M. SCHUMACHER LOOKS TO REGAIN GRIP ON POINTS LEAD IN FRANCE INDIANAPOLIS, June 24, 1999 -- After a stop in North America for the Canadian Grand Prix, the Formula One "circus" heads to France for the seventh of 16 rounds of the World ...
M. SCHUMACHER LOOKS TO REGAIN GRIP ON POINTS LEAD IN FRANCE
INDIANAPOLIS, June 24, 1999 -- After a stop in North America for the Canadian Grand Prix, the Formula One "circus" heads to France for the seventh of 16 rounds of the World Championship.
With a win in Canada in his West McLaren-Mercedes, Mika Hakkinen took over the lead in the points standings from championship rival Michael Schumacher, who failed to finish after hitting the wall while leading the race in his Ferrari. With three victories this season, Hakkinen now has 34 points while Schumacher, with two wins, has 30.
The French Grand Prix is staged at the Circuit de Nevers located in a rural area three hours drive south of Paris near the towns of Nevers and Magny Cours.
History would indicate that Schumacher will have the advantage in this weekend's French Grand Prix: He's won the race four times, including the last two years driving for Ferrari. Hakkinen, meanwhile, has never won in France, and McLaren's last victory there came in 1989.
"We've always done well in France," Schumacher said, "so there's no reason why we shouldn't do so again."
But Hakkinen is equally confident.
"We tested last week (at Magny Cours), concentrating on developing the car," Hakkinen said. "As you have seen, the car is now stronger and more reliable, so now we don't have to worry about the car breaking down all the time, and we are able to concentrate on developing it instead. That's the reality.
"Now we have got it strong, we can make it stronger and more consistent. I am really looking forward to the race.
"Before (the Spanish Grand Prix at) Barcelona, I also remember saying how difficult our car was to drive. It is better now; it is definitely a more consistent car. You can push it more on the limit and keep it on the limit for a longer time."
The Constructors Championship has settled into a close duel between Ferrari, with 55 points, and McLaren-Mercedes with 46. Jordan-Mugen-Honda is third with 16 points.
"Looking at it overall, both teams are extremely close in terms of performance," Hakkinen said. "It's coming down now to how much each team can develop its car in terms of performance, engine and chassis. Reliability and development are going to be the key of everything.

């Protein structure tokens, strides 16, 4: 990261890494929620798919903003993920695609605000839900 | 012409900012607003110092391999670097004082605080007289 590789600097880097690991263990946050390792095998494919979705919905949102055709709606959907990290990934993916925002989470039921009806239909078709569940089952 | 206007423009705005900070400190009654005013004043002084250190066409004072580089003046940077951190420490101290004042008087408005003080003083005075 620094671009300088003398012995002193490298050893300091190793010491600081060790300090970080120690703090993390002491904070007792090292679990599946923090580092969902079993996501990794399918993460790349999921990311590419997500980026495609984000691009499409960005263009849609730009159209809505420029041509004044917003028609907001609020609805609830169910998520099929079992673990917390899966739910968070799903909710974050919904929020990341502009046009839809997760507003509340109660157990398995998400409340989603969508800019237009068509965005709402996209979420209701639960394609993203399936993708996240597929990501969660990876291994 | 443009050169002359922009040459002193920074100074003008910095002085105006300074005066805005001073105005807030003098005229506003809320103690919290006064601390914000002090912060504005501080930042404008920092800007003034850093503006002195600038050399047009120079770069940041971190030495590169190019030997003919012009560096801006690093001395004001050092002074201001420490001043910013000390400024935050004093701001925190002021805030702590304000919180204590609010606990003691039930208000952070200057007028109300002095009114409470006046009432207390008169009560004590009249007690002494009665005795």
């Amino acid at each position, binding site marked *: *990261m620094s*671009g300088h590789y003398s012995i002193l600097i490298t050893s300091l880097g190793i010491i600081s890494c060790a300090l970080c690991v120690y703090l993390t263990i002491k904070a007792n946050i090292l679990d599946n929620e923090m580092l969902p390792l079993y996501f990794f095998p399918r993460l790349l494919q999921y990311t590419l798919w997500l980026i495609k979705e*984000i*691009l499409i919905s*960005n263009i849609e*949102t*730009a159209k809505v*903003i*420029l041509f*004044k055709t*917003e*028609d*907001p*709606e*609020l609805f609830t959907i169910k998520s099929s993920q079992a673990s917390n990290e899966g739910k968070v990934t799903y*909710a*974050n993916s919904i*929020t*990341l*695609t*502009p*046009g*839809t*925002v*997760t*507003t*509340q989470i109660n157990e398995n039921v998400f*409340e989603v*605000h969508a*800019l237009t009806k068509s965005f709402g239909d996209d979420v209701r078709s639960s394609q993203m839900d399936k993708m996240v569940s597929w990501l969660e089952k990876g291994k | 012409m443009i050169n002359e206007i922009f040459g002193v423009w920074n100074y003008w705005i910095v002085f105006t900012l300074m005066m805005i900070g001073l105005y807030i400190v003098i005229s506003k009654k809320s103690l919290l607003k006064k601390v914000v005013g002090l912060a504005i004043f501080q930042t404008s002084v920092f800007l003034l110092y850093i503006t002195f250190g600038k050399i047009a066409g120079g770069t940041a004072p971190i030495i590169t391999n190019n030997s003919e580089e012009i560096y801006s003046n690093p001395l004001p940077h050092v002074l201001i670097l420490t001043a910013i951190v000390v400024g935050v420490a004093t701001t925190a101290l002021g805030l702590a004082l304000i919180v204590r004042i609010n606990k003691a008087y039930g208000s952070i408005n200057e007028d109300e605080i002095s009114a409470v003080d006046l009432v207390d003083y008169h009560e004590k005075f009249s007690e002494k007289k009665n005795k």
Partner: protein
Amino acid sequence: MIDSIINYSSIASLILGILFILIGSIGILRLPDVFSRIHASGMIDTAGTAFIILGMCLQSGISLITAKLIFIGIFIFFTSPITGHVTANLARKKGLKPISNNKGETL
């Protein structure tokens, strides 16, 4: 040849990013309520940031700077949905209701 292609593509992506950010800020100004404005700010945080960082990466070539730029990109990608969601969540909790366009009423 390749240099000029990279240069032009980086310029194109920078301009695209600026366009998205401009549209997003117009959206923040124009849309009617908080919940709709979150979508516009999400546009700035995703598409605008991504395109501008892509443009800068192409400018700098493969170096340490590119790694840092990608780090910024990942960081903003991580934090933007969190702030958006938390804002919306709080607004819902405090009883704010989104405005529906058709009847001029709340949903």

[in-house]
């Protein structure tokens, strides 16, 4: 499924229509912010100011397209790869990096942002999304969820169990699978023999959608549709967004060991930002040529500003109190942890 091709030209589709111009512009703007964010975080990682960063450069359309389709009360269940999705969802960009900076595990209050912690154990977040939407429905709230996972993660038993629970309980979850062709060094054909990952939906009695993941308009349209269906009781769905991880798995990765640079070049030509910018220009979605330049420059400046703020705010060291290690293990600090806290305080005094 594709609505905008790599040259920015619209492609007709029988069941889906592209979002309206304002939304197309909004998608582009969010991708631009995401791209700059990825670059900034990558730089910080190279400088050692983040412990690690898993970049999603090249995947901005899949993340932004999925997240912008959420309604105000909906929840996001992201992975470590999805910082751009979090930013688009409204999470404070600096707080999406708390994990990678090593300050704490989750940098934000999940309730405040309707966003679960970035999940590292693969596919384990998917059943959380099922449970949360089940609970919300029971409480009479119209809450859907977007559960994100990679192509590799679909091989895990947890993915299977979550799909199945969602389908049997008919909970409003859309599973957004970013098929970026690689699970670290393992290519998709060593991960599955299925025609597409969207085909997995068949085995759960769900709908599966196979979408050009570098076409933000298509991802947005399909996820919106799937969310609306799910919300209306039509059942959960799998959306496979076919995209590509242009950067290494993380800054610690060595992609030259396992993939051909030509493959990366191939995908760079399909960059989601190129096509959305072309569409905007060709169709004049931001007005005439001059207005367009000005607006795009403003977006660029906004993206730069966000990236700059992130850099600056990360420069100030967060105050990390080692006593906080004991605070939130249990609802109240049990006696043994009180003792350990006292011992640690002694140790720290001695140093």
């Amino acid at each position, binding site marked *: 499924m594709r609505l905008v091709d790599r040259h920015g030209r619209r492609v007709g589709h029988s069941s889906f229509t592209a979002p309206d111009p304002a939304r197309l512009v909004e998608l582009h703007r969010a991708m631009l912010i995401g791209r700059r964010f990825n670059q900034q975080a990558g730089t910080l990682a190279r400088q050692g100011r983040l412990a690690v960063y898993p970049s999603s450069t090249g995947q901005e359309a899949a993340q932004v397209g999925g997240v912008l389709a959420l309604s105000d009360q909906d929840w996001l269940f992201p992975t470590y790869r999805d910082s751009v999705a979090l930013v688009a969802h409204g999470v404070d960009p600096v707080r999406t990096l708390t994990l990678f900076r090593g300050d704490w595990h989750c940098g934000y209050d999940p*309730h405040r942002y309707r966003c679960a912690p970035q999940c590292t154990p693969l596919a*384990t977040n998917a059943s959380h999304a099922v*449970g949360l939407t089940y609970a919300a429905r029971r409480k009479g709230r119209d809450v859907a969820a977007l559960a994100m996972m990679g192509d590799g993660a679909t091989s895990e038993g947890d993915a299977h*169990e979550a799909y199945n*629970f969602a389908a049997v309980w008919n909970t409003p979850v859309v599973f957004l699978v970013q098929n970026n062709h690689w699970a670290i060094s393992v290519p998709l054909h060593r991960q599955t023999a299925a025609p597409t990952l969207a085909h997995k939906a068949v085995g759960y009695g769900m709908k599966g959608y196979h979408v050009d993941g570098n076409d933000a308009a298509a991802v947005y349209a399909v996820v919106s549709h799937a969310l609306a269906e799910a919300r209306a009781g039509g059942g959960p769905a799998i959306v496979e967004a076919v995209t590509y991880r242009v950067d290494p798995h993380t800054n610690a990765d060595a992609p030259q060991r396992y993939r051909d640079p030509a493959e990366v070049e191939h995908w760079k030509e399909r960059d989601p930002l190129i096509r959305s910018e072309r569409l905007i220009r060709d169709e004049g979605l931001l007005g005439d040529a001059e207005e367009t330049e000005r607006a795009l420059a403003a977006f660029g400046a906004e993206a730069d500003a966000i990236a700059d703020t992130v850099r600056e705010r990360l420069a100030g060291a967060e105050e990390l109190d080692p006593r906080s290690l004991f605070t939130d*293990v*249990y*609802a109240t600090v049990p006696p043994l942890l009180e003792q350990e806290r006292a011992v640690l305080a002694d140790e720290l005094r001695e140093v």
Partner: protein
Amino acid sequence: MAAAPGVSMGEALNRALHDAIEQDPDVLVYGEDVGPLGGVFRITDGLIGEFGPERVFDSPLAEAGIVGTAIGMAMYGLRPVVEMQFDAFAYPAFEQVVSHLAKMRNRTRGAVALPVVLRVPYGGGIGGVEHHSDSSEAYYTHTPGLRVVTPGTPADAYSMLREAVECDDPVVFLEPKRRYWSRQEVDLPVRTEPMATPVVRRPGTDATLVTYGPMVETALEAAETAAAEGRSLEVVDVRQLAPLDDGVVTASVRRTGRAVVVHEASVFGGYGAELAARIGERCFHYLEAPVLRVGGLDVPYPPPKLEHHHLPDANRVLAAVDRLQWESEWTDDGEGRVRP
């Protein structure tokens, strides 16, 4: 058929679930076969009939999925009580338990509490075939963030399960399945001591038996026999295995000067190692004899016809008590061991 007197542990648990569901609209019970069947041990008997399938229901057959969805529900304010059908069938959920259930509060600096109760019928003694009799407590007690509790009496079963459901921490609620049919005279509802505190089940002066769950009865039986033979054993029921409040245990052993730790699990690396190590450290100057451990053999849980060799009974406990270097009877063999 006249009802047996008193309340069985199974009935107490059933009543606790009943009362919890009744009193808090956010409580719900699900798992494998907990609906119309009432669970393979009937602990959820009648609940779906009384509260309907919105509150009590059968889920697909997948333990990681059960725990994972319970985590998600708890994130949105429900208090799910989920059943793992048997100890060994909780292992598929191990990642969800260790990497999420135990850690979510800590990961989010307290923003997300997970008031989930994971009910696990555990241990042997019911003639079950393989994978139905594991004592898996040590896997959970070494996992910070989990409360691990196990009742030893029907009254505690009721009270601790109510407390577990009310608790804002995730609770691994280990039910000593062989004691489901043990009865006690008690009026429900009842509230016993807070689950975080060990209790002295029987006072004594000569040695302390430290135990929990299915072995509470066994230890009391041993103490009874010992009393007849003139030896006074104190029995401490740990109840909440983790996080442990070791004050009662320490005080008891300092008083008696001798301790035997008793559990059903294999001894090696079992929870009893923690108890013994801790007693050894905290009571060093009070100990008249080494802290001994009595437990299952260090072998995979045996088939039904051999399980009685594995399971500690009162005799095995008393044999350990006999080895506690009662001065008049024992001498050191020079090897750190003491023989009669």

"Let's see what's going to happen. We have some good developments coming up soon, and let's hope that we can make our car quicker than their car." While Hakkinen sprayed the winner's champagne in Montreal, Jacques Villeneuve was contemplating yet another disappointing race. Since joining the new British American Racing F1 team this season, 1995 Indy 500 winner Villeneuve has yet to finish a Grand Prix.
Villeneuve's BAR team joined all the other F1 teams except Minardi and Arrows for a pre-race test last week at Magny Cours. Eddie Irvine set the pace in his Ferrari, while Alex Zanardi was second quickest in his Winfield Williams-Supertec and followed by David Coulthard in his West McLaren-Me rcedes.
Testing times at Magny Cours, however, often don't tell the whole story, as the track is notorious for its changing grip levels. "Like most drivers, Jacques doesn't particularly like the circuit," said Jock Clear, BAR's senior race engineer to Villeneuve, "but interestingly, he has had some good results here -- second in 1996 and fourth in 1997 and 1998.
"Without a doubt, grip -- or more precisely, the lack of it -- is once again sure to be the overriding handling issue at Magny Cours. The surface is particularly temperature-sensitive, with grip levels dropping dramatically as the ambient temperature rises. Higher ambient temperatures here on race weekend could work to our advantage, though, in terms of getting the most from our tires."
Like Villeneuve, two-time CART champion Alex Zanardi has had little luck this season and has only finished one race in his Winfield Williams-Supertec.
"What I hate about Magny Cours is that it is so difficult to get to," Za nardi said of the remote track. "But once I'm there I really like some of the exciting turns, especially the chicanes that are very fast and very difficult to get into. It's a track where I was never lucky in the past. "I hope this year I will go against the odds and have better fortune. I'm confident I will have a good race, thanks to the testing we had here last week."
Much of the attention this weekend will be focused on Damon Hill, who will be competing in his final French Grand Prix. Hill, the 1996 World Champion and winner of the 1996 French Grand Prix, has said that he will retire at the end of the season. He, too, has endured an unlucky season so far and has only finished one race in the points in his B&H Jordan-Mugen-Honda.
FORMULA ONE NOTEBOOK